cells and, in some cases, the granulosa cells. The ovarian parenchyma is
usually markedly edematous and frequently contains foci of luteinized stromal
The condition usually involutes during the puerperium,
postpartum period, following termination of the molar pregnancy, treatment
of the choriocarcinoma or discontinuation of hCG or clomiphene therapy.
However, this may take months to occur. Surgical intervention may be required
to remove ruptured or infarcted tissue.
- Polycystic Ovaries (Stein-Leventhal Syndrome)
Polycystic ovaries are characterized by bilaterally enlarged
polycystic ovaries, chronic anovulation and clinical manifestations due to
secretion of excess androgens. The initial abnormality resulting in the syndrome
is not known but is believed to be related to hypothalamus-pituitary dysfunction
leading to oversecretion of luteinizing hormone (LH). LH in turn stimulates
the ovary to produce excess androgens. Secretion of follicle stimulating hormone
(FSH) is inhibited resulting in repression of ovulation with follicle cyst
The usual clinical presentation is a young woman (between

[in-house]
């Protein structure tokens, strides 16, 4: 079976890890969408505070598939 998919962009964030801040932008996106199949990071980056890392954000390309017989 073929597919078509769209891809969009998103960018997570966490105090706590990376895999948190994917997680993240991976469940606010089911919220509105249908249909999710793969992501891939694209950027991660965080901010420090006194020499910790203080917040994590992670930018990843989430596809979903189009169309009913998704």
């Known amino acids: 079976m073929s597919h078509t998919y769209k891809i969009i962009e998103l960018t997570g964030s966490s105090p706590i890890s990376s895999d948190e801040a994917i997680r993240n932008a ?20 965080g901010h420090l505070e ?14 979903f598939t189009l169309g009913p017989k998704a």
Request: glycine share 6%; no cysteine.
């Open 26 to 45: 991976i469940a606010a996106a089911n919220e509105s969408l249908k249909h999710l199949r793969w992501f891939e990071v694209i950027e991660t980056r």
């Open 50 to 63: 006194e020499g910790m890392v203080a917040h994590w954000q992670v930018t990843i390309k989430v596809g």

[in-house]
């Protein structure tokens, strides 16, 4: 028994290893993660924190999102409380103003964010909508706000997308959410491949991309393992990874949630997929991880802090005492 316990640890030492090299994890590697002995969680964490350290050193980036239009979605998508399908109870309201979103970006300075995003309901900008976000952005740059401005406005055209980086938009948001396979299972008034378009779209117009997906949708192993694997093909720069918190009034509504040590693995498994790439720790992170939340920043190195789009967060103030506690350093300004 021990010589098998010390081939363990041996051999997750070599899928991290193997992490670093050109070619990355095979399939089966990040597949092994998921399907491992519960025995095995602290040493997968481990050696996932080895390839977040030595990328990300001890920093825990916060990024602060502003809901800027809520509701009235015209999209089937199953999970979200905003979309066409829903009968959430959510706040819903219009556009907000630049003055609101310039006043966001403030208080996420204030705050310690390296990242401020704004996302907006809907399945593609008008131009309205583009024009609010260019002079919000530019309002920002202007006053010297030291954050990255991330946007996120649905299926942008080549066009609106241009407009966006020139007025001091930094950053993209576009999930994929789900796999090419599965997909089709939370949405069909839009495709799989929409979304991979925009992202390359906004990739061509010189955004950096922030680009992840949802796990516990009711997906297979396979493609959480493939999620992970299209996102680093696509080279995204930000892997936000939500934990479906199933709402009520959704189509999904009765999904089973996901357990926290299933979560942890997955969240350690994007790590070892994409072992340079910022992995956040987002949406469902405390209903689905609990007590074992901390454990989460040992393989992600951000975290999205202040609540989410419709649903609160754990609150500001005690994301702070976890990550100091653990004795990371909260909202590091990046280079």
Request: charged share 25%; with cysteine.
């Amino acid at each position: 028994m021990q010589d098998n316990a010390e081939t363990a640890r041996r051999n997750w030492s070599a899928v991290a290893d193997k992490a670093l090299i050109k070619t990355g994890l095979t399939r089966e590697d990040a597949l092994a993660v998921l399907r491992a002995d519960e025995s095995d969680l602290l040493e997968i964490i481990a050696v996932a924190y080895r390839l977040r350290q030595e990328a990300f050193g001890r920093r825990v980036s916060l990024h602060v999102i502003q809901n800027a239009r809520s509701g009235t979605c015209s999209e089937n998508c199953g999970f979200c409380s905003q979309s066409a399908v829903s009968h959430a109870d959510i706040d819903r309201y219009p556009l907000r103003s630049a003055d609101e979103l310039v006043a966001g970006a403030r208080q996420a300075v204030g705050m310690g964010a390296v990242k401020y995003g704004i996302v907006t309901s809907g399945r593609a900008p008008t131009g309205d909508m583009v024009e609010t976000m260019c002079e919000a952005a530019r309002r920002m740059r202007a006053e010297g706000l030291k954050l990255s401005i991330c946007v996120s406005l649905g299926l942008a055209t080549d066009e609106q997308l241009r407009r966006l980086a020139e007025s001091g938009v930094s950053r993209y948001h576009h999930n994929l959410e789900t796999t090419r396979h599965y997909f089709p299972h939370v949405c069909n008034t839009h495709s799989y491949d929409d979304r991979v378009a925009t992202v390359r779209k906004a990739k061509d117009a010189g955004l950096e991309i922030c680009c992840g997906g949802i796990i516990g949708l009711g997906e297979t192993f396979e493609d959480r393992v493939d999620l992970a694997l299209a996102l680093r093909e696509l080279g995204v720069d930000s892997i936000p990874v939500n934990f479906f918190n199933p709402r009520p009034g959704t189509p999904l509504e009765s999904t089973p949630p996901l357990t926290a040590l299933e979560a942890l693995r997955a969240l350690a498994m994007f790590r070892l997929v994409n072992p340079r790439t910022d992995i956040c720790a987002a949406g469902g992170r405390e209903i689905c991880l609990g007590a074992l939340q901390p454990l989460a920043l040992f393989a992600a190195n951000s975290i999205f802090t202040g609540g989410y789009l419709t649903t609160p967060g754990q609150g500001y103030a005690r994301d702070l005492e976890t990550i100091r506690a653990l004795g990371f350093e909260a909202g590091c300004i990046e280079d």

15 and 30 years) with secondary amenorrhea, oligomenorrhea or irregular
menses, infertility and hirsutism. About 50% exhibit virilism and 40% are
obese. Other patients may be amenorrheic but otherwise normal.
Both ovaries are markedly enlarged and have a thickened,
fibrotic capsule with smooth pearl-white surfaces.
Polycystic ovary showing the smooth pearl-white capsular surfaces. Cysts
Microscopically, the outer portion of the cortex is
thickened and fibrotic and many follicle cysts are present in the subcapsular
cortex. The cysts have prominent outer theca interna layer, which is often
luteinized. Corpora lutea are frequently absent due to the anovulation and
occasional focal stromal luteinization is present. The chronic anovulation
results in unopposed estrogenic stimulation of the endometrium leading to
a variety of appearances ranging from mild atypical hyperplasia to well-differentiated
Polycystic ovary with two subcapsular follicular cysts.
Treatment with drugs that either induce ovulation (clomiphene
or hCG) or regulate the menstrual cycle restores fertility. Reduction of
ovarian volume by wedge resection is also successful in initiating ovulation
and restoring fertility. The endometrial changes including adenocarcinoma
regress once ovulation is achieved.
- Miscellaneous Non-cystic conditions
This refers to tumor-like enlargement of one ovary, or
occasionally both, due to accumulation of edema fluid in the stroma.